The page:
A Los Angeles County resident has died from MPX — the nation's first confirmed fatality linked to the disease, public health officials said Monday.
Officials first publicly reported the death Thursday but said the precise cause was still being probed at that point. Further investigation from the county Department of Public Health and U.S. Centers for Disease Control and Prevention determined the death was from MPX, also known as monkeypox, according to a statement.
Another death — of an adult who was severely immunocompromised and had been diagnosed with MPX — was reported in Texas in late August. However, officials there have yet to definitively state whether that fatality was caused by the disease.
The L.A. County Department of Public Health noted that the local resident "was severely immunocompromised and had been hospitalized," but otherwise did not disclose any other details — such as the person's age, gender or city of residence — citing privacy concerns.
"Persons severely immunocompromised who suspect they have monkeypox are encouraged to seek medical care and treatment early and remain under the care of a provider during their illness," the department wrote in a statement.
Health officials in California recently started to use the name MPX — pronounced mpox — instead of monkeypox because of widespread concerns the older name is stigmatizing and racist. The World Health Organization is in the process of formally renaming the disease, which will take several months.
As of Friday, L.A. County health officials had reported 1,836 MPX cases. However, hospitalizations associated with the disease remain rare.
The rate of newly reported MPX cases also continues to slow. For the seven-day period that ended Thursday, L.A. County reported 187 new cases, a 30% decline from the prior week’s tally of 269.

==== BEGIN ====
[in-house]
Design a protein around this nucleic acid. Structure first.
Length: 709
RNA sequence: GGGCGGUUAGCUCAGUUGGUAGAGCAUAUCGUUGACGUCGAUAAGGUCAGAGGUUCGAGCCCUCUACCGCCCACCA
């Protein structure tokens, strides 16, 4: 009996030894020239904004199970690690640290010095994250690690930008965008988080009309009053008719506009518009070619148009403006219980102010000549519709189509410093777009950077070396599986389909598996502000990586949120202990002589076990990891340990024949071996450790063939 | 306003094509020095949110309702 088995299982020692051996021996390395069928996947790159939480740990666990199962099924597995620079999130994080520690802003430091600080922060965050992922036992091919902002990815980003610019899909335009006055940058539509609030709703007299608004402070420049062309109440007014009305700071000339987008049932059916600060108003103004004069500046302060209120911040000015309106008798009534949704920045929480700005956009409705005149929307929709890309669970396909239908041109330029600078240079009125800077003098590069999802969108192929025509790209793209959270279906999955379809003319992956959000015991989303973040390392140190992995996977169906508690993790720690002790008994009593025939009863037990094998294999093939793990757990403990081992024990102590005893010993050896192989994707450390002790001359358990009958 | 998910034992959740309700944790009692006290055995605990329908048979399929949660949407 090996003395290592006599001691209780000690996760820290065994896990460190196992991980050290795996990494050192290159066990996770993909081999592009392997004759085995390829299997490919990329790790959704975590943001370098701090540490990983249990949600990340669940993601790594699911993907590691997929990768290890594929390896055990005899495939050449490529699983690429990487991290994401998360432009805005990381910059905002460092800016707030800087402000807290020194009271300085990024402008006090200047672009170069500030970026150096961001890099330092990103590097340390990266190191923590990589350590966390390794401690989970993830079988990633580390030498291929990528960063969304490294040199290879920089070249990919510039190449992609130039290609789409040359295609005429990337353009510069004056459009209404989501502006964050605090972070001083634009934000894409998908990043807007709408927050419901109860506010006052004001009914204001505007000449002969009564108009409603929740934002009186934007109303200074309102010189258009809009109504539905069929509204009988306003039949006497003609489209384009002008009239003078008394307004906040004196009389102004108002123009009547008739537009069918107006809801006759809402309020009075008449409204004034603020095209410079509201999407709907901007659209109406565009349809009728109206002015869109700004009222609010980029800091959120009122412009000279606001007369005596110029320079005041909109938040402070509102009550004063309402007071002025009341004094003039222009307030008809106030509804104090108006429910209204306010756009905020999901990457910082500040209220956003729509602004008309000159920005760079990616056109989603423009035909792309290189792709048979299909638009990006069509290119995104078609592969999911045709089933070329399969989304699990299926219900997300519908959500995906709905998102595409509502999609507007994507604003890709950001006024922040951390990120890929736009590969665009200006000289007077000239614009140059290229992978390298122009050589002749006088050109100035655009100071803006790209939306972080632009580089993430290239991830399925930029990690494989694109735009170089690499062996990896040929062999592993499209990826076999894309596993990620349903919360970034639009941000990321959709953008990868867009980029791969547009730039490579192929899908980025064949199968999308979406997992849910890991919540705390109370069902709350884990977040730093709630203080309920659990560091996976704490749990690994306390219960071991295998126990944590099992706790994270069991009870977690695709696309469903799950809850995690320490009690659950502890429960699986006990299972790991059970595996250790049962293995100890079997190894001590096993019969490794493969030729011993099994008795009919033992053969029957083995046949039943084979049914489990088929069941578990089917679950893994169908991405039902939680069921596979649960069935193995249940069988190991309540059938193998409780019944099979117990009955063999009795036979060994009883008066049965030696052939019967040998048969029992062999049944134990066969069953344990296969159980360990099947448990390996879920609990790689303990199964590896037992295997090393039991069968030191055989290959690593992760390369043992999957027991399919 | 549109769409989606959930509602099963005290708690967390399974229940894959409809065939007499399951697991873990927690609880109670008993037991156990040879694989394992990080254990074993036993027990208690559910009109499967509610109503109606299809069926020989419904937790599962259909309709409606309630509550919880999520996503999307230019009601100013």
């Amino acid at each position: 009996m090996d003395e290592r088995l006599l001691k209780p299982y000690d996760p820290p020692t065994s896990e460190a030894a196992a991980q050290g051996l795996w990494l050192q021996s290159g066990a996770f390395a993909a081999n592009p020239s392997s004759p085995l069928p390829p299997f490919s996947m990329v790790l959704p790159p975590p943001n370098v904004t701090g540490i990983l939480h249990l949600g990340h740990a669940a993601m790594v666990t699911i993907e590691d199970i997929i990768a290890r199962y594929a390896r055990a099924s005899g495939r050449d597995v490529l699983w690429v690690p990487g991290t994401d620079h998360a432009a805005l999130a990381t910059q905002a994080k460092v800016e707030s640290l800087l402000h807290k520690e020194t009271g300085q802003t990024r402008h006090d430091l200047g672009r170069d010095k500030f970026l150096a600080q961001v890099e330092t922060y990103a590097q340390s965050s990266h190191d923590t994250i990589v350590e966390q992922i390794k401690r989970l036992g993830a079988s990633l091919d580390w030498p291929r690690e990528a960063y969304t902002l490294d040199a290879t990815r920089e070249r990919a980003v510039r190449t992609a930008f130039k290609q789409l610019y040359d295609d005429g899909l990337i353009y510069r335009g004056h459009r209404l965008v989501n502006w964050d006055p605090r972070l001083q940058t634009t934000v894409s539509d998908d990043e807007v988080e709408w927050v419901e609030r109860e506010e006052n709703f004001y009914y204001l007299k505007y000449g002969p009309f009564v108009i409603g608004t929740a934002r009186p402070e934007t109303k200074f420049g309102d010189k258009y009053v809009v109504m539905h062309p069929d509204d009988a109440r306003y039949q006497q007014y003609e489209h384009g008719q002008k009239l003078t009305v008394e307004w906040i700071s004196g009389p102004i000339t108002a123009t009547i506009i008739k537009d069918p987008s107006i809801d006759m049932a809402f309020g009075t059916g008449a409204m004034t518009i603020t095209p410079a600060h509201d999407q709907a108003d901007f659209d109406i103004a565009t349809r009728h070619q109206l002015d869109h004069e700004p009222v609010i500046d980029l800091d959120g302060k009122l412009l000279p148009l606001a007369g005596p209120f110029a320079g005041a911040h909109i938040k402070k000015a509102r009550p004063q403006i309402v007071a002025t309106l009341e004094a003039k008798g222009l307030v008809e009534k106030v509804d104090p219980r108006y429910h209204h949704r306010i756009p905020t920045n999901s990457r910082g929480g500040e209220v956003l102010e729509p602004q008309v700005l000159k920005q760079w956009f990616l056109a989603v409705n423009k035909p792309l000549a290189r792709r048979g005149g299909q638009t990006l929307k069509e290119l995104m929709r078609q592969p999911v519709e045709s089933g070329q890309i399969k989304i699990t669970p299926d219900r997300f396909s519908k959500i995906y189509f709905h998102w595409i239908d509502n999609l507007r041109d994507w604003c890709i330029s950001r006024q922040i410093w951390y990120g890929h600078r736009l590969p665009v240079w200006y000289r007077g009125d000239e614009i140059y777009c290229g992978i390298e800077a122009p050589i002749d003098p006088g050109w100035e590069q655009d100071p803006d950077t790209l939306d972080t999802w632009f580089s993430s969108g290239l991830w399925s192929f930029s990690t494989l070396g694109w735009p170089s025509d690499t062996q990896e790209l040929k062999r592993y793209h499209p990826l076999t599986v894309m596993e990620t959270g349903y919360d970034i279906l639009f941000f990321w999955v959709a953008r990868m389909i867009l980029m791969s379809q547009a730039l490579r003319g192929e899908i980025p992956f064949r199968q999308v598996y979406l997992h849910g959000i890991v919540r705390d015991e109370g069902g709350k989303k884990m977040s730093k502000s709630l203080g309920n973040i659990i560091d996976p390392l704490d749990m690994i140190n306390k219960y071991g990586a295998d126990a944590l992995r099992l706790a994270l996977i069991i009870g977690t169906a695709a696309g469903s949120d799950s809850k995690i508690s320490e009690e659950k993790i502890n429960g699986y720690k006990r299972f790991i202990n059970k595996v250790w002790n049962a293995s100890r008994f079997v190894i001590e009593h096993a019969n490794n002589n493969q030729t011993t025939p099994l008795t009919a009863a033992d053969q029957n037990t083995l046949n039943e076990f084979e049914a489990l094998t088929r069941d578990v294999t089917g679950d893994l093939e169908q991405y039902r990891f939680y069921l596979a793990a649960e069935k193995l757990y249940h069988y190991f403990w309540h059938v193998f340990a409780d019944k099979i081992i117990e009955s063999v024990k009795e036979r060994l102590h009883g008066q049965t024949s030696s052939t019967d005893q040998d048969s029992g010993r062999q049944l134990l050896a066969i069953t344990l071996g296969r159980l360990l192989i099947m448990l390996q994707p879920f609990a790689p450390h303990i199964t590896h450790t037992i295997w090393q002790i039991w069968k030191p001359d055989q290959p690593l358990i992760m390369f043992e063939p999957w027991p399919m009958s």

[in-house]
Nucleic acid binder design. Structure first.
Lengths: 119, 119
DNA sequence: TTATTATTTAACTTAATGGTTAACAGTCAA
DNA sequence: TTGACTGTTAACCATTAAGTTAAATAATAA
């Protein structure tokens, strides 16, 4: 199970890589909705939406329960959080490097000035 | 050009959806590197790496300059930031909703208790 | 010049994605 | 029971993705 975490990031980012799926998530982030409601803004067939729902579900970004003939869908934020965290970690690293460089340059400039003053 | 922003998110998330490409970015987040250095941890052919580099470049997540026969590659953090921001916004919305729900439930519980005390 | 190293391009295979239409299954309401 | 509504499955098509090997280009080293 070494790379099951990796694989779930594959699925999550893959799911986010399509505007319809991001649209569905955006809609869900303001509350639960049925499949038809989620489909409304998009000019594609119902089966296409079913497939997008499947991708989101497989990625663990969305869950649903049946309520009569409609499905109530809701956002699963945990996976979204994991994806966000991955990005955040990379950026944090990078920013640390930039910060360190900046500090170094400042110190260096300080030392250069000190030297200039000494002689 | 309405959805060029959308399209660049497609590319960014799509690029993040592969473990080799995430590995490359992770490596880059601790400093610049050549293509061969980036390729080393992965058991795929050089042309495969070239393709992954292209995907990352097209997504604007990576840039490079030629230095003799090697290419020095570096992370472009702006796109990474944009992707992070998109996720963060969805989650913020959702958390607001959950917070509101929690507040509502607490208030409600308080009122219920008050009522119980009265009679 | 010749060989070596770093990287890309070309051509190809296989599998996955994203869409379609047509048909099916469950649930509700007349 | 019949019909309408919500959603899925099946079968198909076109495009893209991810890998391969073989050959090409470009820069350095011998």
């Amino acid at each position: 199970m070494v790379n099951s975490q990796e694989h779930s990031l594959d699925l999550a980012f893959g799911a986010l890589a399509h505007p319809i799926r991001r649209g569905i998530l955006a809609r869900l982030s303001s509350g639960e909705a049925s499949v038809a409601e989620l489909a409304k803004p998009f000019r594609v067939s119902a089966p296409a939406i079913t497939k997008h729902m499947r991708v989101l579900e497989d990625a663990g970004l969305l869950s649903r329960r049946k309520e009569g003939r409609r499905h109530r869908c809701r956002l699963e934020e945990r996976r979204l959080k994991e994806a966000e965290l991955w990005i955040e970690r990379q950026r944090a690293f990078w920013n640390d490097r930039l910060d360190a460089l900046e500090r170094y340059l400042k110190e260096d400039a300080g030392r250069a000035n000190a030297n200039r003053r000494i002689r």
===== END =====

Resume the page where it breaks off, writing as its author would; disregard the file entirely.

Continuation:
Officials credited the slowdown in part to vaccination efforts and nationwide survey data suggesting gay and bisexual men have decreased their number of sexual partners and one-time sexual encounters in light of the outbreak.
Because MPX is not easily transmitted — it typically requires close skin-to-skin contact for an infection to occur, and is nowhere near as transmissible as the coronavirus — officials say spread of disease is likely to fade relatively quickly compared with more contagious illnesses.
MPX disease is characterized by virus-filled rashes and lesions that can look like pimples, bumps or blisters. It can appear first in the genital area and rectum before spreading to other parts of the body, and because the rashes can be mistaken for other skin issues, the virus can easily spread during intimate encounters. Risk is higher for people with multiple sexual partners.
“We likely will continue to see cases for a long time to come. But at least the current high number that we’re seeing, we are hoping to see that that will go down,” Dr. Rita Singhal, chief medical officer for the L.A. County Department of Public Health, said during a briefing Thursday.
In an advisory issued last week, county health officials noted severe MPX disease has been found in people with inadequately treated HIV, underscoring how essential it is that those at higher risk seek treatment.
"People with advanced or uncontrolled HIV are at risk of life-threatening disease. In previous outbreaks, the majority of monkeypox deaths have been reported in this population," health officials said in an advisory issued Friday.
L.A. County health officials are now specifically exhorting healthcare providers to use a drug called tecovirimat — commonly known as Tpoxx — in patients who have or are at risk of developing severe MPX disease.
A previous county advisory issued a month ago said only that "patients with lesions or pain that interfere with the activities of daily living and patients at high risk for severe disease" should be considered for treatment with Tpoxx.
There is no shortage of Tpoxx, but the drug has been difficult to get to patients, in part because it is not formally approved by the U.S. Food and Drug Administration to treat MPX.
If patients are unable to take the drug orally, Tpoxx should be administered intravenously. Other treatment options include Cidofovir, an antiviral medicine administered intravenously, and Vaccinia Immune Globulin.
U.S. officials also are reportedly considering broadening recommendations on who should get vaccinated against MPX to possibly include men with HIV or those recently diagnosed with other sexually transmitted diseases, the Associated Press reported.
Health officials said clinicians are required to report all MPX cases to the L.A. County Department of Public Health. If patients who are hospitalized have worsening symptoms, such as requiring intensive care, hospitals are asked to contact county health officials for consultation and to get access to more therapeutic options.
This story originally appeared in Los Angeles Times.